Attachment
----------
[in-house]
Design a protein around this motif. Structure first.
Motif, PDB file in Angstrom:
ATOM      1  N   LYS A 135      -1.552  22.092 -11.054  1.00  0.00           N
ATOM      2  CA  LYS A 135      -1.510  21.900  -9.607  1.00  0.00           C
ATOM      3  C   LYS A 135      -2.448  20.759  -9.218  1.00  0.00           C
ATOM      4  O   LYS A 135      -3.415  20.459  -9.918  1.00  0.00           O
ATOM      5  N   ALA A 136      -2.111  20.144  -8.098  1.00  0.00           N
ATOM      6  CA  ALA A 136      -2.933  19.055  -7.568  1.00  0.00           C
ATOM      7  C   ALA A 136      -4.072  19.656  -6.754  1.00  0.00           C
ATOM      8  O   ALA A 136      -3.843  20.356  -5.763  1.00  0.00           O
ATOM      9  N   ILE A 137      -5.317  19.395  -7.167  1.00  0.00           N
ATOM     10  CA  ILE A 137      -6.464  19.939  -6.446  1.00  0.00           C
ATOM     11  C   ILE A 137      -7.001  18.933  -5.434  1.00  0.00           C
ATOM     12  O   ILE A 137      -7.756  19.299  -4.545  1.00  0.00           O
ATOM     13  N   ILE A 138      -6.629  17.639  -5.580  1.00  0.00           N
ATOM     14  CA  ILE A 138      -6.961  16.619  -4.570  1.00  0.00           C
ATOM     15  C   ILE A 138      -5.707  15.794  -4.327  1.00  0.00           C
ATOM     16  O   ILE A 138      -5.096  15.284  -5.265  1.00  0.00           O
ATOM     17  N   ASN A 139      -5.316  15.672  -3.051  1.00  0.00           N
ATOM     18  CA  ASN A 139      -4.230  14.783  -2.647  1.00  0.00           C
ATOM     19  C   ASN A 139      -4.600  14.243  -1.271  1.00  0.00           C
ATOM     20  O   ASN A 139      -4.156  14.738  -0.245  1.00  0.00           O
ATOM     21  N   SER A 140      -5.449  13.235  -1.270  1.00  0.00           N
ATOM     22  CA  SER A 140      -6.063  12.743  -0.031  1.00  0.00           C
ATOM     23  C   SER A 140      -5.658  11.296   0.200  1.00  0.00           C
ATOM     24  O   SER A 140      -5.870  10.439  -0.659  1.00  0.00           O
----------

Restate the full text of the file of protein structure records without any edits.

[in-house]
Design a protein around this motif. Structure first.
Motif, PDB file in Angstrom:
ATOM      1  N   LYS A 135      -1.552  22.092 -11.054  1.00  0.00           N
ATOM      2  CA  LYS A 135      -1.510  21.900  -9.607  1.00  0.00           C
ATOM      3  C   LYS A 135      -2.448  20.759  -9.218  1.00  0.00           C
ATOM      4  O   LYS A 135      -3.415  20.459  -9.918  1.00  0.00           O
ATOM      5  N   ALA A 136      -2.111  20.144  -8.098  1.00  0.00           N
ATOM      6  CA  ALA A 136      -2.933  19.055  -7.568  1.00  0.00           C
ATOM      7  C   ALA A 136      -4.072  19.656  -6.754  1.00  0.00           C
ATOM      8  O   ALA A 136      -3.843  20.356  -5.763  1.00  0.00           O
ATOM      9  N   ILE A 137      -5.317  19.395  -7.167  1.00  0.00           N
ATOM     10  CA  ILE A 137      -6.464  19.939  -6.446  1.00  0.00           C
ATOM     11  C   ILE A 137      -7.001  18.933  -5.434  1.00  0.00           C
ATOM     12  O   ILE A 137      -7.756  19.299  -4.545  1.00  0.00           O
ATOM     13  N   ILE A 138      -6.629  17.639  -5.580  1.00  0.00           N
ATOM     14  CA  ILE A 138      -6.961  16.619  -4.570  1.00  0.00           C
ATOM     15  C   ILE A 138      -5.707  15.794  -4.327  1.00  0.00           C
ATOM     16  O   ILE A 138      -5.096  15.284  -5.265  1.00  0.00           O
ATOM     17  N   ASN A 139      -5.316  15.672  -3.051  1.00  0.00           N
ATOM     18  CA  ASN A 139      -4.230  14.783  -2.647  1.00  0.00           C
ATOM     19  C   ASN A 139      -4.600  14.243  -1.271  1.00  0.00           C
ATOM     20  O   ASN A 139      -4.156  14.738  -0.245  1.00  0.00           O
ATOM     21  N   SER A 140      -5.449  13.235  -1.270  1.00  0.00           N
ATOM     22  CA  SER A 140      -6.063  12.743  -0.031  1.00  0.00           C
ATOM     23  C   SER A 140      -5.658  11.296   0.200  1.00  0.00           C
ATOM     24  O   SER A 140      -5.870  10.439  -0.659  1.00  0.00           O